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Research paper
Development and evaluation of a clinical staging system for amyotrophic lateral sclerosis
  1. Adriano Chiò1,
  2. Edward R Hammond2,
  3. Gabriele Mora3,
  4. Virginio Bonito4,
  5. Graziella Filippini5
  1. 1Rita Levi Montalcini Department of Neuroscience, University of Torino, Torino, Italy
  2. 2Department of Epidemiology, Johns Hopkins Bloomberg School of Public Health, Baltimore, Maryland, USA
  3. 3Department of Neuroscience and Rehabilitation, Fondazione Salvatore Maugeri, IRCCS, Milan, Italy
  4. 4Department of Neurology and Neurosurgery, Ospedale Papa Giovanni XXIII, Bergamo, Italy
  5. 5Unit of Neuroepidemiology, Fondazione IRCCS Istituto Neurologico Carlo Besta, Milan, Italy
  1. Correspondence to Professor Adriano Chiò, ‘Rita Levi Montalcini’ Department of Neuroscience, ALS Regional Expert Centre, University of Turin, Via Cherasco 15, Torino 10126, Italy; achio{at}usa.net; adriano.chio{at}unito.it

Abstract

Background Staging of disease severity is useful for prognosis, decision-making and resource planning. However, no commonly used, validated staging system exists for amyotrophic lateral sclerosis (ALS). Our purpose was to develop an ALS staging system (ALS Milano-Torino Staging) that captures the observed progressive loss of independence and function.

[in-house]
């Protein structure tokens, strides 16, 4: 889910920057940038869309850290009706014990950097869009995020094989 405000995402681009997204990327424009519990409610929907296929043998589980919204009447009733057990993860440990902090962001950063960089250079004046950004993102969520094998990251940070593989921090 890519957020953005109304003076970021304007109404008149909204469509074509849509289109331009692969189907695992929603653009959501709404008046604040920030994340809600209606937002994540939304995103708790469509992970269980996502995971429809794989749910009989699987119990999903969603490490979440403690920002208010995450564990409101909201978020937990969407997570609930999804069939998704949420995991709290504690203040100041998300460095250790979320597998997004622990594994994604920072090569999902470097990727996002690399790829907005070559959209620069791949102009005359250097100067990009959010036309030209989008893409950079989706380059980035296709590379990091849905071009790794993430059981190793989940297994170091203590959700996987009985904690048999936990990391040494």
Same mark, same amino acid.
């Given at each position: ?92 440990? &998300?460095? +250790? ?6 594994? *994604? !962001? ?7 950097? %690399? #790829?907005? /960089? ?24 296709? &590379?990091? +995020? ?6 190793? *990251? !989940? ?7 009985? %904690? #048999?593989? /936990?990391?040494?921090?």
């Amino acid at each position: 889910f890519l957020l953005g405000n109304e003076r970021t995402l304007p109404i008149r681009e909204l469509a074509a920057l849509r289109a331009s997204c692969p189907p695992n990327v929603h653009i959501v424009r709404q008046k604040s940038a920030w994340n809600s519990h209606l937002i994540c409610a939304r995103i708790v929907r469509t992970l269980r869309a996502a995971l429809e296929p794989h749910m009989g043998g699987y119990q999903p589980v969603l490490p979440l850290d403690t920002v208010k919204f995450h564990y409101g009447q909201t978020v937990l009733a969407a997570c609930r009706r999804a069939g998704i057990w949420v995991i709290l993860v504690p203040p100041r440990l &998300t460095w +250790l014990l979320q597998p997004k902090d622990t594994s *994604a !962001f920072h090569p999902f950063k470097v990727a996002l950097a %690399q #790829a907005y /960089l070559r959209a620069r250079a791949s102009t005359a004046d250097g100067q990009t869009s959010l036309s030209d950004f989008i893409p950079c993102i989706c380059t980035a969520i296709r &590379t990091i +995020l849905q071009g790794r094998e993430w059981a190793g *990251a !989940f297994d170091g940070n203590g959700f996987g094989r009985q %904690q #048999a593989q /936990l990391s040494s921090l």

Methods Clinical milestones in ALS progression were defined by loss of independence in four key domains on the ALS Functional Rating Scale (ALSFRS): swallowing, walking/self-care, communicating and breathing. Stages were defined as follows: stage 0, functional involvement but no loss of independence on any domain; stages 1–4, number of domains in which independence was lost; and stage 5, death. Staging criteria were applied to patients enrolled in a Quality of Care in ALS (QOC) study; endpoints included function (ALSFRS), quality of life (QOL; Short Form-36) and health service costs. Between-stage transition probabilities were assessed in the QOC study and in a second clinical study of lithium carbonate in ALS.

Results 70/118 (59.3%) participants in the QOC study progressed to higher stages of disease at 12 months compared with their baseline stage. Functional (ALSFRS) and QOL measures were inversely related to disease stage. Health service costs were directly related to increasing disease stages from 0 to 4 (p<0.001). Probabilities for transitioning from a given stage at baseline in both studies were usually greatest for the next highest stage.

Conclusions The proposed ALS Milano-Torino Staging system correlates well with assessments of function, QOL and health service costs. Further studies are warranted to validate this system.

  • ALS
  • Quality of Life

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